With the 1984 Olympic Games in Los Angeles on the horizon, and still a few months to prepare, Moroccan hurdler Nawal El Moutawakel boarded a plane to start a journey into the unknown.
From Casablanca to Iowa. She was a 21-year-old, alone and in a place that she’d never been before, preparing for the world’s top sporting event. At the time, she did not know that she would become a pioneer, a symbol, a myth.
But six days after arriving in the United States, her father, who was her number one supporter, died.
“I learned my dad had passed away only three months after his death, when my brother came to see me,” she emotionally recalls during AIPS e-College meeting. Her family made a difficult choice – they kept the bad news from her so she could concentrate on living her dream. This was very likely what her father would have wanted.
But when she found out, time seemed to stop. Nawal doubted herself and her journey. Everything had lost its importance, and all she wanted to do was return home, to Morocco. “There is no place for me here in the States,” she remembers lamenting.
“My coaches Ron Renko and Pat Moynihan asked me to come to their office. And they said, now we have your passport, let’s sit and talk about your dreams and projects, if you leave here today and go back to Morocco, no return.”
So they convinced her to stay: “Your dad has been buried, he’s gone since three months now, please stay with us and you will be an amazing athlete.” Nawal eventually stayed but that did not make her any less devastated. She was tormented by the thought that her father died because of her.
“Maybe he was driving and thinking about his daughter. Maybe in his mind he was thinking that he should not have let me go to the States because of what people would say – I am a female, Moroccan and Muslim. Maybe he was not focused on his driving.” She had to take a class on death and dying to overcome her grief and heal ahead of the Olympic Games. Her coaches were of great help during this period.
And Nawal El Moutawakel would go on to become the first Moroccan, African and Muslim woman to win an Olympic gold medal that year in Los Angeles. “All it took me was 54 seconds and 61 hundredths of a second for my life to go from dark to light, from zero to hero. I was nobody and all of a sudden I became somebody,” she points out. 54.61 seconds, which were the result of many years of sacrifice – characterized by lack of resources, running in the forest, training at the beach and at a place filled with dirt in Casablanca. 54.61 seconds, which also changed the lives of many Muslim Arab women in the world, who look at Nawal as a role model.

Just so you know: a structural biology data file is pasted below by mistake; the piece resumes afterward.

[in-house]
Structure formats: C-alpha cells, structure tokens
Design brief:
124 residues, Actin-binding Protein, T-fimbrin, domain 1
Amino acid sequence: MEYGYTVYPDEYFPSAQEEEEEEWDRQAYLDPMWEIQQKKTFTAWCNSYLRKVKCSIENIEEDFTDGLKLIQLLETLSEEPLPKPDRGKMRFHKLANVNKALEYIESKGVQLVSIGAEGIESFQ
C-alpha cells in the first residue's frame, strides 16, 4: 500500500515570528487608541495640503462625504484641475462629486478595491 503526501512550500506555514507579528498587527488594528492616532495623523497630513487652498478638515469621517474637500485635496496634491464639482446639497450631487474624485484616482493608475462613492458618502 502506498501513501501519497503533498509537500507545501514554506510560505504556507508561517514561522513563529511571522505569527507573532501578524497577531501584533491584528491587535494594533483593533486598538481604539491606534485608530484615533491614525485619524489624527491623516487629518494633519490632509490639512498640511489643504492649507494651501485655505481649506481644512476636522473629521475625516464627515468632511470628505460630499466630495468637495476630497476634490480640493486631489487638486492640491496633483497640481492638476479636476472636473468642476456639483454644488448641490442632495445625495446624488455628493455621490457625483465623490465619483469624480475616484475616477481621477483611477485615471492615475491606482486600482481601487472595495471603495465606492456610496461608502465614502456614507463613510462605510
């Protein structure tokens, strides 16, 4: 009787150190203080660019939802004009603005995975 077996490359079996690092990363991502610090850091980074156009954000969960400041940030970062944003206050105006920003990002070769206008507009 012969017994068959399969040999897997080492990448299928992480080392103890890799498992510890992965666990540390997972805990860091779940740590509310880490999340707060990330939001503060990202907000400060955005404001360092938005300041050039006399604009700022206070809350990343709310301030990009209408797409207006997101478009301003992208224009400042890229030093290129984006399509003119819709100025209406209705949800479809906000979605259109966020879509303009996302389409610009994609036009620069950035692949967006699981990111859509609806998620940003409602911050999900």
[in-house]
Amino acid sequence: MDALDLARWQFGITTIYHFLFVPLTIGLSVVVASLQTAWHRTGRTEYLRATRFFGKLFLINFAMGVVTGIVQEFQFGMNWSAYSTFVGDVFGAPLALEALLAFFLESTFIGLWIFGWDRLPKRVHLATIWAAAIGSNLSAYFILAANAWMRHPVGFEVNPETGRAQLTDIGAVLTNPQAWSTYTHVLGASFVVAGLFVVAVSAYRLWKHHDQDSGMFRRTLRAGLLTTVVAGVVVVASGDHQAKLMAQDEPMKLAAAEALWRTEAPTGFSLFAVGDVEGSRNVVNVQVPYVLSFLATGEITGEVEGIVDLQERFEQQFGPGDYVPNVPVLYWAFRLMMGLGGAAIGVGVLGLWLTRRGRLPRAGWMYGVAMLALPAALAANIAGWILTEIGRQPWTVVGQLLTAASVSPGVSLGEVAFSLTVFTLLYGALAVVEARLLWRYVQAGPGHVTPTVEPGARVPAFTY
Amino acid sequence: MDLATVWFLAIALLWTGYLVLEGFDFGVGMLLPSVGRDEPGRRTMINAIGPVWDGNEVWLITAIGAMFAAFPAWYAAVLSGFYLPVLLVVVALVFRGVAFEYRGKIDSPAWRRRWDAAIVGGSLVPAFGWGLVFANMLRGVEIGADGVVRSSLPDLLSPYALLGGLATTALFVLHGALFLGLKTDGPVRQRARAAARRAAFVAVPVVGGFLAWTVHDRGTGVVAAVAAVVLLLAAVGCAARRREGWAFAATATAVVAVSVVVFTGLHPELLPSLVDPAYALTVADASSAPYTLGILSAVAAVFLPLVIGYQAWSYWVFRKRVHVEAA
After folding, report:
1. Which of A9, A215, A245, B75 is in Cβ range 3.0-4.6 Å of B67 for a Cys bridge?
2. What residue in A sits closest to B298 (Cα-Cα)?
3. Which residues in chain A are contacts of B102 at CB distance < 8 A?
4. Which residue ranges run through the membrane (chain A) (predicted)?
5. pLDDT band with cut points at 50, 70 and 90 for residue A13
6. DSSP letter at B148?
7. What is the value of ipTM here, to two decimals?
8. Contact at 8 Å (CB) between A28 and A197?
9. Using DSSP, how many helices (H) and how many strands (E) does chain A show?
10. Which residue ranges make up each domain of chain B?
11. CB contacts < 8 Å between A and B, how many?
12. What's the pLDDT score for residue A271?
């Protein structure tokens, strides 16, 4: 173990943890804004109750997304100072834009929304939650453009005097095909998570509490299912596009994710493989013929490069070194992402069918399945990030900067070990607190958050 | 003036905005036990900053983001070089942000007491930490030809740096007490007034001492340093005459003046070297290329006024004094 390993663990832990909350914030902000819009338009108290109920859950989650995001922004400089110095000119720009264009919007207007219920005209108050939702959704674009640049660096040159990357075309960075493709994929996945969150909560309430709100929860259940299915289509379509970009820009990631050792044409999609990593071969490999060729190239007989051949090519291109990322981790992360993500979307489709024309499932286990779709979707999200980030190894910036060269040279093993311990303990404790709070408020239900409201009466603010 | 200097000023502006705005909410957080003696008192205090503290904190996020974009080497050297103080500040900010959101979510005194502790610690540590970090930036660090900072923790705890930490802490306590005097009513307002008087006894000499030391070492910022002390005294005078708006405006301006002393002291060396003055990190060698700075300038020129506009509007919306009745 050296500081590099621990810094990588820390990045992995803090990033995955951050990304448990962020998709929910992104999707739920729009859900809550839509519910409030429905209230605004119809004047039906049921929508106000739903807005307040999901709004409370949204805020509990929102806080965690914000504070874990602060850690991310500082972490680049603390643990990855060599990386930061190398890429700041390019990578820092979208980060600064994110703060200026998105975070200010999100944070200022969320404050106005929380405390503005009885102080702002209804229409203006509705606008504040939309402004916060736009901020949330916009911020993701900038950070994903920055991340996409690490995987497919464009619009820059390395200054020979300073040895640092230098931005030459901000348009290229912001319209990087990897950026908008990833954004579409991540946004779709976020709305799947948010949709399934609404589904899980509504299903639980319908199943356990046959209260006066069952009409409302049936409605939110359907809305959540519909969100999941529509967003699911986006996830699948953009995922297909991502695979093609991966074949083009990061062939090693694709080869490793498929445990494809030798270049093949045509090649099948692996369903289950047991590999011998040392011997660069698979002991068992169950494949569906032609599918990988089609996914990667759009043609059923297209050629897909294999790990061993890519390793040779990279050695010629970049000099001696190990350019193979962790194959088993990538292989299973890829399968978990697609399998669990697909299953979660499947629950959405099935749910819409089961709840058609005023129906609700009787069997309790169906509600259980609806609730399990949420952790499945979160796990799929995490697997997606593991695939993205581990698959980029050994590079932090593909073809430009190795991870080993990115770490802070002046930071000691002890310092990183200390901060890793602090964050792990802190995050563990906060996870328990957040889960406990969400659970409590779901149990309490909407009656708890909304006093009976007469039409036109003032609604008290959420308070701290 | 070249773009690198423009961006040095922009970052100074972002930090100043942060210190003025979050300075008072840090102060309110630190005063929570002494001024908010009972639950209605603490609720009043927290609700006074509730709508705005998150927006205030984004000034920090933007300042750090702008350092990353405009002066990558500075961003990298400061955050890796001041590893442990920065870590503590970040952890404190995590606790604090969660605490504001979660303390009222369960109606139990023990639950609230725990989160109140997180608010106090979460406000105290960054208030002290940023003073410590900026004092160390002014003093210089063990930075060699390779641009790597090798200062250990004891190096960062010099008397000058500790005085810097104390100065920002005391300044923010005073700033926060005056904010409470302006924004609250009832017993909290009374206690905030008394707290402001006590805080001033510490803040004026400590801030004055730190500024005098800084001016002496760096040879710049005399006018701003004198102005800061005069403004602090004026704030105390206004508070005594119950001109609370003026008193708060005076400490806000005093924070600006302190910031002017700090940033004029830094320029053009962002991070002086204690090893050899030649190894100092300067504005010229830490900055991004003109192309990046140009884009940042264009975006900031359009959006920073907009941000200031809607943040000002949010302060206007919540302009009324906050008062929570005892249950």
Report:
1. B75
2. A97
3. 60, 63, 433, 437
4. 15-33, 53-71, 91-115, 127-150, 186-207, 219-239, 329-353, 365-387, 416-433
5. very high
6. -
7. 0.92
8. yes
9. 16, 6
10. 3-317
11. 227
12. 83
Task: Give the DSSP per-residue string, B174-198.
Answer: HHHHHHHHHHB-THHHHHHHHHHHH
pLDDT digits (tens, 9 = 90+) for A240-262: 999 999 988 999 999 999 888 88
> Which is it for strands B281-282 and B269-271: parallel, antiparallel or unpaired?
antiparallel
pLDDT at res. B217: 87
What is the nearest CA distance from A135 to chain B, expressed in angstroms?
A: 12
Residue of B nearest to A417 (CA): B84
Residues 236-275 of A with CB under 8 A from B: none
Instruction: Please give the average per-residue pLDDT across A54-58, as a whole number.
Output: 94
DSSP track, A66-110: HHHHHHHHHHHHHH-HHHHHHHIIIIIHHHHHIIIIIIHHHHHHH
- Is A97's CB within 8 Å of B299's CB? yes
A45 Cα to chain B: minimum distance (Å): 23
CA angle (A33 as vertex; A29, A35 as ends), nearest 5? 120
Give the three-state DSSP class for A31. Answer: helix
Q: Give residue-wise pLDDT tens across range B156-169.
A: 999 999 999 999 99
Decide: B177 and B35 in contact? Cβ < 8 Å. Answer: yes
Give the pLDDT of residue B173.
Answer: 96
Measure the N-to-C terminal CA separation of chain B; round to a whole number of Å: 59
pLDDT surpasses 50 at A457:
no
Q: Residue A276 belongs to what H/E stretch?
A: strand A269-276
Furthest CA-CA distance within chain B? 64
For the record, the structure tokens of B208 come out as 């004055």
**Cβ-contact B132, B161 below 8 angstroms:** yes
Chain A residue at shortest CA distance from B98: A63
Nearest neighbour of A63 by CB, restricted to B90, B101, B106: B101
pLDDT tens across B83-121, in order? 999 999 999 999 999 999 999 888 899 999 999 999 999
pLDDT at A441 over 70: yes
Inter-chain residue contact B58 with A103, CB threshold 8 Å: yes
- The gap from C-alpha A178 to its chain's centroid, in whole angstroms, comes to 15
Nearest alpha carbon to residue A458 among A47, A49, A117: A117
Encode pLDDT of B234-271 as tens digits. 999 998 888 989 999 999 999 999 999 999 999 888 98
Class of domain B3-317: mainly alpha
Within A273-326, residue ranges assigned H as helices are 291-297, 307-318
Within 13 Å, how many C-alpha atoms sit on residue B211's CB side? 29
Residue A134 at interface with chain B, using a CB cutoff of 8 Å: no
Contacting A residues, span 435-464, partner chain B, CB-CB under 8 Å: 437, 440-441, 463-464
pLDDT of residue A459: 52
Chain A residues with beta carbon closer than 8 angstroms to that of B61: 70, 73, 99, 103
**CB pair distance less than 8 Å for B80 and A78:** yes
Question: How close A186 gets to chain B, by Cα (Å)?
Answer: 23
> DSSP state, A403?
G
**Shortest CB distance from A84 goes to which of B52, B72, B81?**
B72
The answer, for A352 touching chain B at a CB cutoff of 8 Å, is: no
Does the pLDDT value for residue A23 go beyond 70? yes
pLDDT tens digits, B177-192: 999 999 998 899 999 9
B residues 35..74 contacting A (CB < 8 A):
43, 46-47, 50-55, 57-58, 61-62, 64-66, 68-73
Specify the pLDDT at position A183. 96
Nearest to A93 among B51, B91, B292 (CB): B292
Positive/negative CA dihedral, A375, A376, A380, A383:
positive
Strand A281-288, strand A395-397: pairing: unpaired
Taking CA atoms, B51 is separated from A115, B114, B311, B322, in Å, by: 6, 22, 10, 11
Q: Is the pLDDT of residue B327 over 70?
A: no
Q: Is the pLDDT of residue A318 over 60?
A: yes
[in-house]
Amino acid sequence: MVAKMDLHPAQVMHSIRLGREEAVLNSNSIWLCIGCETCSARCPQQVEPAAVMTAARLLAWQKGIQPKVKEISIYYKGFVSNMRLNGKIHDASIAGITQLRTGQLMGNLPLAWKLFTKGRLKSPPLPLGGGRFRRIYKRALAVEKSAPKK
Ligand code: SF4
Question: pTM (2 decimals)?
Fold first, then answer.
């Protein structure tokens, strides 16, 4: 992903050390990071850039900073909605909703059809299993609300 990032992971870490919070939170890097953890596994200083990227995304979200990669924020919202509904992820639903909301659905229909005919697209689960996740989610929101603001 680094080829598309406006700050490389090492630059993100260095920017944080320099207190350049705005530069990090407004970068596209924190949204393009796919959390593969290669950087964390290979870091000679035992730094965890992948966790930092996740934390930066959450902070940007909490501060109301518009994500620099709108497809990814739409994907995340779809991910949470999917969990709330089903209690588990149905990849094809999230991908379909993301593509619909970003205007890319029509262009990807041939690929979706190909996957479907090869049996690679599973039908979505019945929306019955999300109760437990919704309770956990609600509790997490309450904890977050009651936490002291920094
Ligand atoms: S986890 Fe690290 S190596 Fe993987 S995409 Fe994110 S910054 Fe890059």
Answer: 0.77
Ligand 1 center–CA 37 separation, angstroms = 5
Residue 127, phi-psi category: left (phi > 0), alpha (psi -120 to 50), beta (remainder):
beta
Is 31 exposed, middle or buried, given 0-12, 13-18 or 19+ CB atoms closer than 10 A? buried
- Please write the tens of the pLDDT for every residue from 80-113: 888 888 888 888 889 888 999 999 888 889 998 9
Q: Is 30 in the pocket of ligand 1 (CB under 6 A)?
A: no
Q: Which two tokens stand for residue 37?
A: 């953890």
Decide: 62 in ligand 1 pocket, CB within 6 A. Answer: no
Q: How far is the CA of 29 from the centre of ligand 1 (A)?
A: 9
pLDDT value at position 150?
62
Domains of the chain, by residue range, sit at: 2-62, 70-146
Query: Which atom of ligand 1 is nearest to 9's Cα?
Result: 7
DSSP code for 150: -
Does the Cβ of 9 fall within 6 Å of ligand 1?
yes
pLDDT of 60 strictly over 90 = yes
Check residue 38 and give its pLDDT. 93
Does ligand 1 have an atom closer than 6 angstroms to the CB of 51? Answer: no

A CALL FROM THE KING
The first call she received after her victory was from the Moroccan king, late King Hassan II. “We are 36 million Moroccans and here I was speaking to a king of a country, who really expressed highly his pride and the pride of the entire nation,” she enthuses.
NOW OR NEVER
Prior to the Games, Nawal could feel the pressure of carrying a whole nation on her shoulders. “I thought I was going to die, nightmares every night, I could not sleep, I lost so much weight, I was shaking the whole time.” She was the only female in the Moroccan Olympic team and one of the brightest prospects for a medal, thanks to her record-breaking performances at the Iowa State University. When the king invited the Moroccan team to his palace in Casablanca, he looked Nawal in the eyes and gave her a special message that spurred her more.
“And I said, I have been African champion, Arab champion Moroccan champion Mediterranean champion, French champion, NCAA champion, the only thing I need to do now and today is to grab that Olympic gold medal, I’m not going to lose it. I messed up at the World University Games in Edmonton. I messed up at the World Championships in Helsinki 1983. So this is the chance for me. It is now or never.”
After missing out on the Moscow Olympics in 1980 because of the boycott, Nawal saw the 1984 Games as her “time to shine” and within the years in between, she switched from sprints to the 400m hurdles. Joining the Iowa State University on full scholarship to study Physical Education and physiotherapy was another big step towards achieving excellence. “That was the turning moment of my life,” she confesses. There, her performance kept getting better with each race and she went to the Games as NCAA champion. “1984 was the year where I achieved many high-level performances and journalists started writing about this unusual athlete coming from an Arab, Muslim, African world daring to find herself a place in this high level field of competition.”
The day before the 400m hurdles final, her university coaches Ron Renko and Pat Moynihan visited her at the UCLA University Village to prepare her mentally. They were confident of her victory.